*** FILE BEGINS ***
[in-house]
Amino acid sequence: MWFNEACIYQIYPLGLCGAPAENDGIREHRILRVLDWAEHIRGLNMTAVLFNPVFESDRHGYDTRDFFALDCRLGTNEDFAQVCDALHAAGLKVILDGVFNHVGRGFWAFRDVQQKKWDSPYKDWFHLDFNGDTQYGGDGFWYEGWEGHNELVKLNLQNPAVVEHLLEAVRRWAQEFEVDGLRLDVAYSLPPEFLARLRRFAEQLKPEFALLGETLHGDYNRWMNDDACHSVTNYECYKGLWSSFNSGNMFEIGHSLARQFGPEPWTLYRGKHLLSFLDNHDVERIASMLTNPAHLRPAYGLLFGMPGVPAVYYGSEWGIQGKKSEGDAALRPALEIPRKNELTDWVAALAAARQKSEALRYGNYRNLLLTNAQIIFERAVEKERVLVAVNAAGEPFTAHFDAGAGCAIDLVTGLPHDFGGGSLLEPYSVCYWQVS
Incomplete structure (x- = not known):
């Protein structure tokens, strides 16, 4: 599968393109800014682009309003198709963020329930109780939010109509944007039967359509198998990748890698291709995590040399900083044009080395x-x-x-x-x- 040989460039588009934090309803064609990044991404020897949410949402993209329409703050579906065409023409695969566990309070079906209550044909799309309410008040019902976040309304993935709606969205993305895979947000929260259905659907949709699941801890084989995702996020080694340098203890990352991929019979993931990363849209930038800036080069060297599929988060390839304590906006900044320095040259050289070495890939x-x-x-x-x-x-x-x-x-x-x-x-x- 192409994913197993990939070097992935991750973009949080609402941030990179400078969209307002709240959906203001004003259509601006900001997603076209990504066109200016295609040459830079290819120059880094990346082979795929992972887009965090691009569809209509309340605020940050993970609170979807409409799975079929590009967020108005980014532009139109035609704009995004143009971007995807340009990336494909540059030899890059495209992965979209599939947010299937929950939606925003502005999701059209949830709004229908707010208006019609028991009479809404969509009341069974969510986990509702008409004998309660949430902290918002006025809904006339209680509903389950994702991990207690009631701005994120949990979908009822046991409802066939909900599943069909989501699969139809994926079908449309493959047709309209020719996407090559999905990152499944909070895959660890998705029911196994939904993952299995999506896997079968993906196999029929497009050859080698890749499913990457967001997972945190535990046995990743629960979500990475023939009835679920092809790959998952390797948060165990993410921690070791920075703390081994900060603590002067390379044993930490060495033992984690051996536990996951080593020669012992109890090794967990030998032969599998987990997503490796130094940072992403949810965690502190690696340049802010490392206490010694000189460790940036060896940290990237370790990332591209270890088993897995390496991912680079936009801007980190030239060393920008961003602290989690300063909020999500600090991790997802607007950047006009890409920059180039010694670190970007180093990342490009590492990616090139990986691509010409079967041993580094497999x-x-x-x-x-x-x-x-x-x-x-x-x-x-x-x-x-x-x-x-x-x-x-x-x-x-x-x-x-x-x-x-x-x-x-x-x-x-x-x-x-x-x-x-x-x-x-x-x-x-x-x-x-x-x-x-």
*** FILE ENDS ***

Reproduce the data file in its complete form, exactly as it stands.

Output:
[in-house]
Amino acid sequence: MWFNEACIYQIYPLGLCGAPAENDGIREHRILRVLDWAEHIRGLNMTAVLFNPVFESDRHGYDTRDFFALDCRLGTNEDFAQVCDALHAAGLKVILDGVFNHVGRGFWAFRDVQQKKWDSPYKDWFHLDFNGDTQYGGDGFWYEGWEGHNELVKLNLQNPAVVEHLLEAVRRWAQEFEVDGLRLDVAYSLPPEFLARLRRFAEQLKPEFALLGETLHGDYNRWMNDDACHSVTNYECYKGLWSSFNSGNMFEIGHSLARQFGPEPWTLYRGKHLLSFLDNHDVERIASMLTNPAHLRPAYGLLFGMPGVPAVYYGSEWGIQGKKSEGDAALRPALEIPRKNELTDWVAALAAARQKSEALRYGNYRNLLLTNAQIIFERAVEKERVLVAVNAAGEPFTAHFDAGAGCAIDLVTGLPHDFGGGSLLEPYSVCYWQVS
Incomplete structure (x- = not known):
């Protein structure tokens, strides 16, 4: 599968393109800014682009309003198709963020329930109780939010109509944007039967359509198998990748890698291709995590040399900083044009080395x-x-x-x-x- 040989460039588009934090309803064609990044991404020897949410949402993209329409703050579906065409023409695969566990309070079906209550044909799309309410008040019902976040309304993935709606969205993305895979947000929260259905659907949709699941801890084989995702996020080694340098203890990352991929019979993931990363849209930038800036080069060297599929988060390839304590906006900044320095040259050289070495890939x-x-x-x-x-x-x-x-x-x-x-x-x- 192409994913197993990939070097992935991750973009949080609402941030990179400078969209307002709240959906203001004003259509601006900001997603076209990504066109200016295609040459830079290819120059880094990346082979795929992972887009965090691009569809209509309340605020940050993970609170979807409409799975079929590009967020108005980014532009139109035609704009995004143009971007995807340009990336494909540059030899890059495209992965979209599939947010299937929950939606925003502005999701059209949830709004229908707010208006019609028991009479809404969509009341069974969510986990509702008409004998309660949430902290918002006025809904006339209680509903389950994702991990207690009631701005994120949990979908009822046991409802066939909900599943069909989501699969139809994926079908449309493959047709309209020719996407090559999905990152499944909070895959660890998705029911196994939904993952299995999506896997079968993906196999029929497009050859080698890749499913990457967001997972945190535990046995990743629960979500990475023939009835679920092809790959998952390797948060165990993410921690070791920075703390081994900060603590002067390379044993930490060495033992984690051996536990996951080593020669012992109890090794967990030998032969599998987990997503490796130094940072992403949810965690502190690696340049802010490392206490010694000189460790940036060896940290990237370790990332591209270890088993897995390496991912680079936009801007980190030239060393920008961003602290989690300063909020999500600090991790997802607007950047006009890409920059180039010694670190970007180093990342490009590492990616090139990986691509010409079967041993580094497999x-x-x-x-x-x-x-x-x-x-x-x-x-x-x-x-x-x-x-x-x-x-x-x-x-x-x-x-x-x-x-x-x-x-x-x-x-x-x-x-x-x-x-x-x-x-x-x-x-x-x-x-x-x-x-x-």